Baptism and the Lord’s Supper are symbols of salvation. No, they cannot produce salvation. We are saved from our sins by grace alone through faith alone in Christ alone. But baptism and Communion are meaningful illustrations and reminders of how God gives sinners new life in Christ. They are not mere memorials. They are fundamental statements of faith, essential acts of obedience, Christ-ordained expressions of devotion, true acts of fellowship, and biblical elements of worship.

Unfortunately, many Christians do not take baptism and the Lord’s Supper seriously. Some churches do not even have Communion. Others share the Lord’s Table infrequently. Still others treat it as an afterthought in worship. Baptism is treated with the same disregard. Some allow (or force) their children to be baptized before they understand the gospel and make a personal profession of faith in Christ. This results in many baptized people who are not actually Christians or a part of the local church. Other allow people to join and participate in the church without any reference to baptism. This results in many Christians and church members who have never been baptized. In both instances, the meaning of baptism is confused and its importance is mistreated.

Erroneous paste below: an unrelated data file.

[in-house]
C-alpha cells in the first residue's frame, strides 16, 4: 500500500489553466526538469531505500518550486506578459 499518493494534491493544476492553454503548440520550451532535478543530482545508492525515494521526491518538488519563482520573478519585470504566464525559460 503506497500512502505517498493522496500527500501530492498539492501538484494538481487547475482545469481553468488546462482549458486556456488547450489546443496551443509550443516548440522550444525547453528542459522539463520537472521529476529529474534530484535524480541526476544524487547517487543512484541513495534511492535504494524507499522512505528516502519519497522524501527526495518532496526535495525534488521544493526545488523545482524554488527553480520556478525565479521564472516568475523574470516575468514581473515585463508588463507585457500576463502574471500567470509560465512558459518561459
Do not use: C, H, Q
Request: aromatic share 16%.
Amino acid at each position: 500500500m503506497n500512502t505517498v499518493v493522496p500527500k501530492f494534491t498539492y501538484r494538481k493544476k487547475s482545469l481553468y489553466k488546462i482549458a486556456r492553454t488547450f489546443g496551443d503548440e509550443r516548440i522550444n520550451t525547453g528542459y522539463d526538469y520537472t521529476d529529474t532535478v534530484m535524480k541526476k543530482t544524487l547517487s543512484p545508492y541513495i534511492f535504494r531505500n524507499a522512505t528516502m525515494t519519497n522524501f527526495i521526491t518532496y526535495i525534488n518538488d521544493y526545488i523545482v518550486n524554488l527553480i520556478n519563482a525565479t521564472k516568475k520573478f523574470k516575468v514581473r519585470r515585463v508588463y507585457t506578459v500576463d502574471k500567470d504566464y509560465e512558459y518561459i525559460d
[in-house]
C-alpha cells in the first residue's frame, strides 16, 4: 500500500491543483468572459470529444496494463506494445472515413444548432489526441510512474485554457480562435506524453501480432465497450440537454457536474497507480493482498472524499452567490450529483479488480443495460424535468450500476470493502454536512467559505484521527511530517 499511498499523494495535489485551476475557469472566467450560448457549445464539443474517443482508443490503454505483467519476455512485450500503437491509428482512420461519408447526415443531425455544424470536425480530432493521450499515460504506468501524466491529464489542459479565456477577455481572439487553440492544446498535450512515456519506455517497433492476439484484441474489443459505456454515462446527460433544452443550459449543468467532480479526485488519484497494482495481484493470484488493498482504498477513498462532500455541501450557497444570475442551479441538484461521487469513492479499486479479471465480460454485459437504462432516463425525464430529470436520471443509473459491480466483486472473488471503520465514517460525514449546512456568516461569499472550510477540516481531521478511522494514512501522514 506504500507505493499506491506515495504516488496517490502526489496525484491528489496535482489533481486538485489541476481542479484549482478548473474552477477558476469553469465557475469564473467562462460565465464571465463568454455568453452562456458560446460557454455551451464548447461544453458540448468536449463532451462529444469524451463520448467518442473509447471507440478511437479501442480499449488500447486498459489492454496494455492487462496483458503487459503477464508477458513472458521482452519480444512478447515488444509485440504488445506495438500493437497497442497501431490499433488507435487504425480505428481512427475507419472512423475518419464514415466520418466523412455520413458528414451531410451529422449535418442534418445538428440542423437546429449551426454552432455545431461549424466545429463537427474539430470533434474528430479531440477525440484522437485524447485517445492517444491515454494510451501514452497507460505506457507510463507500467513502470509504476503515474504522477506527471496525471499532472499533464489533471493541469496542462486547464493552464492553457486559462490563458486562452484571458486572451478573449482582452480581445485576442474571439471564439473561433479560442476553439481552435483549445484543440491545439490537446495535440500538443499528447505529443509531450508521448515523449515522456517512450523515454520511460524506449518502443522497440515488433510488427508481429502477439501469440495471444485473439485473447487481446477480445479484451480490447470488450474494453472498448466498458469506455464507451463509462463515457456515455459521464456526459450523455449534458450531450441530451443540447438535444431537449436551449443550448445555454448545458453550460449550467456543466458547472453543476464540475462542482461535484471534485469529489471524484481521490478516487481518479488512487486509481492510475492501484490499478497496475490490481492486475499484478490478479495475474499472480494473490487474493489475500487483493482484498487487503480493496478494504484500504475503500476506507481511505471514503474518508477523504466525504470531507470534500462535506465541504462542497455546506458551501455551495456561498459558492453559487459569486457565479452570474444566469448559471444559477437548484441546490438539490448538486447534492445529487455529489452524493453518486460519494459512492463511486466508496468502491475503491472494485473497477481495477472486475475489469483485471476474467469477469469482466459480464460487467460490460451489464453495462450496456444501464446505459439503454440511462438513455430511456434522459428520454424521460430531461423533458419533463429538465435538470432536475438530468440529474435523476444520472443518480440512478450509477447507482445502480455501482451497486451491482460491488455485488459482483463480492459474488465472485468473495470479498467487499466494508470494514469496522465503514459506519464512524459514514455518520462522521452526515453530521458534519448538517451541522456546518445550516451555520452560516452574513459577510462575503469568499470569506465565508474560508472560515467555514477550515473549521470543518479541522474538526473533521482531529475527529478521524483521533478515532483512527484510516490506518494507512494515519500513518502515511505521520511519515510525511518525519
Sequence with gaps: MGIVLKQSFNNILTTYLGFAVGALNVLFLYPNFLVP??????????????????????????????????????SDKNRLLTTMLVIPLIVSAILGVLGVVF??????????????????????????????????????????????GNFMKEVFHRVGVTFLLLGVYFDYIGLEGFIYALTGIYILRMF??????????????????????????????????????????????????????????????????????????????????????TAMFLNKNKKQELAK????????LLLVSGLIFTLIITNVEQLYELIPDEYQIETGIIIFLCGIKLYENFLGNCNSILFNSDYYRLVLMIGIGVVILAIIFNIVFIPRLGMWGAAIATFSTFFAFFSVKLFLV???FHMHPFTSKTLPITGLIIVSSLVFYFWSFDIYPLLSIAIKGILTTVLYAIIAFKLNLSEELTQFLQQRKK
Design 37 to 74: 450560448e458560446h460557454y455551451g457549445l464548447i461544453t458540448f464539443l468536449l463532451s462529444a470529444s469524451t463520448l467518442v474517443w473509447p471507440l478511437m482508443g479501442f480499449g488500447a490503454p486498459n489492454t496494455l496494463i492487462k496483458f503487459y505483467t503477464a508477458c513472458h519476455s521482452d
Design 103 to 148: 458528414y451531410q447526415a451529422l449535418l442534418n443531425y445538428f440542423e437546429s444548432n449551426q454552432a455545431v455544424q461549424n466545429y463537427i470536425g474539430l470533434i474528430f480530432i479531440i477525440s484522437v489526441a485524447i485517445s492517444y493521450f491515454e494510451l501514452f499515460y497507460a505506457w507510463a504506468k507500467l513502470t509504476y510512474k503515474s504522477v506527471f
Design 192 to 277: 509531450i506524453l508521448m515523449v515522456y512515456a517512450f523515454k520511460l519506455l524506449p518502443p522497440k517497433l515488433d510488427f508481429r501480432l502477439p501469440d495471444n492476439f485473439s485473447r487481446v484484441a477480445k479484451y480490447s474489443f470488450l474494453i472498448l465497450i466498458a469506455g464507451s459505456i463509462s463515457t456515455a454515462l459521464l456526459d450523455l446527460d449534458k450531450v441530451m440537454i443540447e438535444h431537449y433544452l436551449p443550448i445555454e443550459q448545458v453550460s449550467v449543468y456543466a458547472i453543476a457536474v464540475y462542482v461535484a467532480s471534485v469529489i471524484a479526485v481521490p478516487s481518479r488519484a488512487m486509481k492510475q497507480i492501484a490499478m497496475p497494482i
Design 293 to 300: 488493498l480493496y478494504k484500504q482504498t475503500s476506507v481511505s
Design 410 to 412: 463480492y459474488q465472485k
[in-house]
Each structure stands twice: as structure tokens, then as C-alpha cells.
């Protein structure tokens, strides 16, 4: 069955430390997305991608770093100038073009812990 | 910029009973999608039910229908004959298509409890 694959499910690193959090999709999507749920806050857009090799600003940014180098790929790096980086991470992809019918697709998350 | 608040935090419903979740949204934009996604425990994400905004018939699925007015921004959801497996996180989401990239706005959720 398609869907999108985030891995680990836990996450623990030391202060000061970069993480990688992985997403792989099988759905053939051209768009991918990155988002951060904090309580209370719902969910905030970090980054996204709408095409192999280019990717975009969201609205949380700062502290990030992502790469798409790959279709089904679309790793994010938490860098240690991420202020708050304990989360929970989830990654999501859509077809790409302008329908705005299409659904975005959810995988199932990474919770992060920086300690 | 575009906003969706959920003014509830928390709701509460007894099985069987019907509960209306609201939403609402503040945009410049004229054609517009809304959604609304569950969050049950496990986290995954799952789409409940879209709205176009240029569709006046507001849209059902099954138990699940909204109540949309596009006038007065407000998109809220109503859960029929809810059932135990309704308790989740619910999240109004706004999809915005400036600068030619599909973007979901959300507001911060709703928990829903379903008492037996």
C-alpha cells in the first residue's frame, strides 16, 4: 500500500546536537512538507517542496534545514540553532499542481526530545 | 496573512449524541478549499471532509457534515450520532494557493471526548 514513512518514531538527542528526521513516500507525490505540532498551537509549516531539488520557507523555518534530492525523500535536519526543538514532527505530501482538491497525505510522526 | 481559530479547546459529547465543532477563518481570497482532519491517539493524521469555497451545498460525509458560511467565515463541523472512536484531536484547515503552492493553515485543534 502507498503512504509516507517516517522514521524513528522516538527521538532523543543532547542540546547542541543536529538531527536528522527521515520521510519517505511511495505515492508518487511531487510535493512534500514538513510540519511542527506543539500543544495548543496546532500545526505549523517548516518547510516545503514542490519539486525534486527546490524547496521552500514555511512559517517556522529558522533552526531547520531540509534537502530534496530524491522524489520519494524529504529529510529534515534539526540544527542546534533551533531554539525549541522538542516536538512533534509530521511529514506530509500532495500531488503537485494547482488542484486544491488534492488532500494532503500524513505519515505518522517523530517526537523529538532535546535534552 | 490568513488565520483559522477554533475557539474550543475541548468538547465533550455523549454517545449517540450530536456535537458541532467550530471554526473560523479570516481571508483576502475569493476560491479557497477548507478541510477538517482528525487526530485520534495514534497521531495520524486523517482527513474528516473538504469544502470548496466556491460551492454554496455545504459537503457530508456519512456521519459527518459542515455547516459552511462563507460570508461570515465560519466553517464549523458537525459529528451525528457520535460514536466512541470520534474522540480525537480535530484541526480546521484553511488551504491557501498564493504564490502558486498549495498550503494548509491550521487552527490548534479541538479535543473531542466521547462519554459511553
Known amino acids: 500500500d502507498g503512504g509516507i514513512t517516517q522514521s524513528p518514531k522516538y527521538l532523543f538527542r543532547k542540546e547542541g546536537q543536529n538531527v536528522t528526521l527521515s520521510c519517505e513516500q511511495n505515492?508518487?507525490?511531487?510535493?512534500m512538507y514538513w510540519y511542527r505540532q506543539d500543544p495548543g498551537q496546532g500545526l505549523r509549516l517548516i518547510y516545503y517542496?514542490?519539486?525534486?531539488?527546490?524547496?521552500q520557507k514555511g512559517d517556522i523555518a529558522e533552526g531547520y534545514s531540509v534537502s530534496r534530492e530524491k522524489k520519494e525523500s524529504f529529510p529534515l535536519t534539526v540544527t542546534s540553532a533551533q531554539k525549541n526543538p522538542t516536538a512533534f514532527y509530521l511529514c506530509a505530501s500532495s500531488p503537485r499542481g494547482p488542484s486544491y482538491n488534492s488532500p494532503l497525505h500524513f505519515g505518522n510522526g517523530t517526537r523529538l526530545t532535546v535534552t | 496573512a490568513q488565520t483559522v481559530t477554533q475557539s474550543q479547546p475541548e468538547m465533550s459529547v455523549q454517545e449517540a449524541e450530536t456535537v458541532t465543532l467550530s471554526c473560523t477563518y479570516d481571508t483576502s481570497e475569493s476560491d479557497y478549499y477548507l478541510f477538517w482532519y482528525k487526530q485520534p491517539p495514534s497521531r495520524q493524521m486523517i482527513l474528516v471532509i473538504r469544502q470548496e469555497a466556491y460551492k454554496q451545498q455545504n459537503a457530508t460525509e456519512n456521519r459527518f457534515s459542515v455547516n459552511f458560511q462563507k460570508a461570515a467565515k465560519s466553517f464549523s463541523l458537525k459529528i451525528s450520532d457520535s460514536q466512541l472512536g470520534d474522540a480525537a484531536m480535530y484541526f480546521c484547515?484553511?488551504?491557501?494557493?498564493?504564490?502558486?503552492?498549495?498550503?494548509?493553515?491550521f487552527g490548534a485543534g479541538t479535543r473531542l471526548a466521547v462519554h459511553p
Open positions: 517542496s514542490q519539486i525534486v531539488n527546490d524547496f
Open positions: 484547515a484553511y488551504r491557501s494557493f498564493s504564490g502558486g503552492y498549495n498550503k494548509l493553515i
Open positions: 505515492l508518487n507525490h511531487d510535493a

I believe that much of the confusion and disregard for baptism and the Lord’s Table can be traced to a simple problem: no teaching and wrong teaching. So it is incumbent upon pastors and congregations to be clear and consistent in teaching the meaning and significance of these Christian ordinances. And whatever material you can find to assist you in this process is invaluable. You should keep gathering good material that will help you address these historic doctrines in new ways. And I recommend that you add Watermark: An Explanation of Baptism by Bob Franquiz to your list of tools.

Bob Franquiz is the pastor of Calvary Fellowship in Miami Lakes (FL), a church he planted in 200. And he writes with seekers inquirers and new converts in mind. In the introduction, Franquiz confesses:

“Let me be honest with you; I’m not a Theologian. A theologian is a really smart guy that writes weighty books that most normal people don’t read. I am a Pastor and a Bible teacher, and I have tried my hardest to be more practical than profound” (p. 6).

Watermark is a fresh but faithful explanation of baptism, without the distractions of technical jargon or theological controversies. He discusses the significance of baptism and provides a biblical understanding of its meaning. Then he answers frequently asked questions – questions like: Who should get baptized? Do I have to be baptized immediately after my conversion? Am I not a Christian if I do not get baptized? And, Can I be re-baptized?

I encourage you to add this brief and clear explanation of baptism to your reading list. You can confidently give it to new believers who want to understand what baptism is all about. More seasoned Christians will find it helpful in equipping them to talk to unbelievers and new converts about baptism. Pastors can make it available in their churches. Or they can use it to as a primer for their own teaching (or writing) on baptism. Remember…

“There is something that happens when a person makes a decision to be baptized. They aren’t just deciding to get wet; they are dying to the old way of life and craving to live the abundant life that Jesus offers” (p. 15).